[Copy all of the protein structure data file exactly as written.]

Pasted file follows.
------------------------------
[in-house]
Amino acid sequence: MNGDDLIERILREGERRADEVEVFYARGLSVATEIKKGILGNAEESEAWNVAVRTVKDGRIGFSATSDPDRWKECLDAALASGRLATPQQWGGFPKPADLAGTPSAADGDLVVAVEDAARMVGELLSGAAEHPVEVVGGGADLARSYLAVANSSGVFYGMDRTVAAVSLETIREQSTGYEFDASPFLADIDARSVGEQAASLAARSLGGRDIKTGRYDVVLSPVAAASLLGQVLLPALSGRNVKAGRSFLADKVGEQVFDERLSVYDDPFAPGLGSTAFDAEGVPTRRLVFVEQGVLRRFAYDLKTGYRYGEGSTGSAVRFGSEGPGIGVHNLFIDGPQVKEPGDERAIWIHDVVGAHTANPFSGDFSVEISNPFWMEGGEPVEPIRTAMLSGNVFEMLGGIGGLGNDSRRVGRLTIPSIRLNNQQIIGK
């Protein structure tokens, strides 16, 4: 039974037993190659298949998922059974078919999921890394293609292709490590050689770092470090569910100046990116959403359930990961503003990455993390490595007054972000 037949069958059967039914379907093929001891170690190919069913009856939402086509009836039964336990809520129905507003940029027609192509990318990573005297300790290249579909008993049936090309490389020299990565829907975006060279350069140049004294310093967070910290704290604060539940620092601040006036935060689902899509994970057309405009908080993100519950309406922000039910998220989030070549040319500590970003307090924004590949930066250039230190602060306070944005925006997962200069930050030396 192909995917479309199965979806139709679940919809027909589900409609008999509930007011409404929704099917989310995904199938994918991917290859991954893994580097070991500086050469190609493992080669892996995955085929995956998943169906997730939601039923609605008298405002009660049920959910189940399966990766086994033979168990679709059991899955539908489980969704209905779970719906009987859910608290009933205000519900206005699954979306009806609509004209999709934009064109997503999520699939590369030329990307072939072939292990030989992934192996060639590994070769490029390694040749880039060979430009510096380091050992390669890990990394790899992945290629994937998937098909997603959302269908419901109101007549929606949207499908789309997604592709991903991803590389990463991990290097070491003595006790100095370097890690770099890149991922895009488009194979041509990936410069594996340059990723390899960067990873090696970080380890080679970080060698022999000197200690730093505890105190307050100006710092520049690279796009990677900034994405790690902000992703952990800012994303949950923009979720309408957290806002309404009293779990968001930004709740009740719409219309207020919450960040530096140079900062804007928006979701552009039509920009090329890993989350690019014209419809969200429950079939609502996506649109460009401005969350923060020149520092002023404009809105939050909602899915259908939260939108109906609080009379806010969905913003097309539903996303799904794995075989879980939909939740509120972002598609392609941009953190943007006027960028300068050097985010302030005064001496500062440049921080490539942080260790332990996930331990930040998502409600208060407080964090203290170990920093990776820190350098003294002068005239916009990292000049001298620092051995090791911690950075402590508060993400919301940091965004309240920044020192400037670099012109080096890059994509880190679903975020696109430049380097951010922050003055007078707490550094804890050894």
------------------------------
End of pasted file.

[in-house]
Amino acid sequence: MNGDDLIERILREGERRADEVEVFYARGLSVATEIKKGILGNAEESEAWNVAVRTVKDGRIGFSATSDPDRWKECLDAALASGRLATPQQWGGFPKPADLAGTPSAADGDLVVAVEDAARMVGELLSGAAEHPVEVVGGGADLARSYLAVANSSGVFYGMDRTVAAVSLETIREQSTGYEFDASPFLADIDARSVGEQAASLAARSLGGRDIKTGRYDVVLSPVAAASLLGQVLLPALSGRNVKAGRSFLADKVGEQVFDERLSVYDDPFAPGLGSTAFDAEGVPTRRLVFVEQGVLRRFAYDLKTGYRYGEGSTGSAVRFGSEGPGIGVHNLFIDGPQVKEPGDERAIWIHDVVGAHTANPFSGDFSVEISNPFWMEGGEPVEPIRTAMLSGNVFEMLGGIGGLGNDSRRVGRLTIPSIRLNNQQIIGK
């Protein structure tokens, strides 16, 4: 039974037993190659298949998922059974078919999921890394293609292709490590050689770092470090569910100046990116959403359930990961503003990455993390490595007054972000 037949069958059967039914379907093929001891170690190919069913009856939402086509009836039964336990809520129905507003940029027609192509990318990573005297300790290249579909008993049936090309490389020299990565829907975006060279350069140049004294310093967070910290704290604060539940620092601040006036935060689902899509994970057309405009908080993100519950309406922000039910998220989030070549040319500590970003307090924004590949930066250039230190602060306070944005925006997962200069930050030396 192909995917479309199965979806139709679940919809027909589900409609008999509930007011409404929704099917989310995904199938994918991917290859991954893994580097070991500086050469190609493992080669892996995955085929995956998943169906997730939601039923609605008298405002009660049920959910189940399966990766086994033979168990679709059991899955539908489980969704209905779970719906009987859910608290009933205000519900206005699954979306009806609509004209999709934009064109997503999520699939590369030329990307072939072939292990030989992934192996060639590994070769490029390694040749880039060979430009510096380091050992390669890990990394790899992945290629994937998937098909997603959302269908419901109101007549929606949207499908789309997604592709991903991803590389990463991990290097070491003595006790100095370097890690770099890149991922895009488009194979041509990936410069594996340059990723390899960067990873090696970080380890080679970080060698022999000197200690730093505890105190307050100006710092520049690279796009990677900034994405790690902000992703952990800012994303949950923009979720309408957290806002309404009293779990968001930004709740009740719409219309207020919450960040530096140079900062804007928006979701552009039509920009090329890993989350690019014209419809969200429950079939609502996506649109460009401005969350923060020149520092002023404009809105939050909602899915259908939260939108109906609080009379806010969905913003097309539903996303799904794995075989879980939909939740509120972002598609392609941009953190943007006027960028300068050097985010302030005064001496500062440049921080490539942080260790332990996930331990930040998502409600208060407080964090203290170990920093990776820190350098003294002068005239916009990292000049001298620092051995090791911690950075402590508060993400919301940091965004309240920044020192400037670099012109080096890059994509880190679903975020696109430049380097951010922050003055007078707490550094804890050894």